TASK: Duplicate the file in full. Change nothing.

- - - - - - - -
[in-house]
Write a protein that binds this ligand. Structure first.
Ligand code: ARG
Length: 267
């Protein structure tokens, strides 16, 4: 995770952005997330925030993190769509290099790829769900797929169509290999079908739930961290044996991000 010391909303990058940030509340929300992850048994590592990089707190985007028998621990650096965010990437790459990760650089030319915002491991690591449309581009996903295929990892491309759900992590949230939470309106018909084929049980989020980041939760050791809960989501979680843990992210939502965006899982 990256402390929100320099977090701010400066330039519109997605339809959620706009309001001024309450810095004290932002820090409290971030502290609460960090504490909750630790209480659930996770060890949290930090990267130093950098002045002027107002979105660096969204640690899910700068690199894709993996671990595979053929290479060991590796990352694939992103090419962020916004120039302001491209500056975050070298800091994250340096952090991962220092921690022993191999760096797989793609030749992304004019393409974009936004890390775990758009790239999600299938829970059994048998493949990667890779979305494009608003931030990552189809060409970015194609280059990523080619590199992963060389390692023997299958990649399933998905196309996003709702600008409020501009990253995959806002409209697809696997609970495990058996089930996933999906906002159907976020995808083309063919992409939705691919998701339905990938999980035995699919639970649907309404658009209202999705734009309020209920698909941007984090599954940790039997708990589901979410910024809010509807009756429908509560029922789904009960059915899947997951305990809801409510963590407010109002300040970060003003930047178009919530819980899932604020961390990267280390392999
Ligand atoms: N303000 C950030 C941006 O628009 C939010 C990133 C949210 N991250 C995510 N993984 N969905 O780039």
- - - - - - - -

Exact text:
[in-house]
Write a protein that binds this ligand. Structure first.
Ligand code: ARG
Length: 267
């Protein structure tokens, strides 16, 4: 995770952005997330925030993190769509290099790829769900797929169509290999079908739930961290044996991000 010391909303990058940030509340929300992850048994590592990089707190985007028998621990650096965010990437790459990760650089030319915002491991690591449309581009996903295929990892491309759900992590949230939470309106018909084929049980989020980041939760050791809960989501979680843990992210939502965006899982 990256402390929100320099977090701010400066330039519109997605339809959620706009309001001024309450810095004290932002820090409290971030502290609460960090504490909750630790209480659930996770060890949290930090990267130093950098002045002027107002979105660096969204640690899910700068690199894709993996671990595979053929290479060991590796990352694939992103090419962020916004120039302001491209500056975050070298800091994250340096952090991962220092921690022993191999760096797989793609030749992304004019393409974009936004890390775990758009790239999600299938829970059994048998493949990667890779979305494009608003931030990552189809060409970015194609280059990523080619590199992963060389390692023997299958990649399933998905196309996003709702600008409020501009990253995959806002409209697809696997609970495990058996089930996933999906906002159907976020995808083309063919992409939705691919998701339905990938999980035995699919639970649907309404658009209202999705734009309020209920698909941007984090599954940790039997708990589901979410910024809010509807009756429908509560029922789904009960059915899947997951305990809801409510963590407010109002300040970060003003930047178009919530819980899932604020961390990267280390392999
Ligand atoms: N303000 C950030 C941006 O628009 C939010 C990133 C949210 N991250 C995510 N993984 N969905 O780039």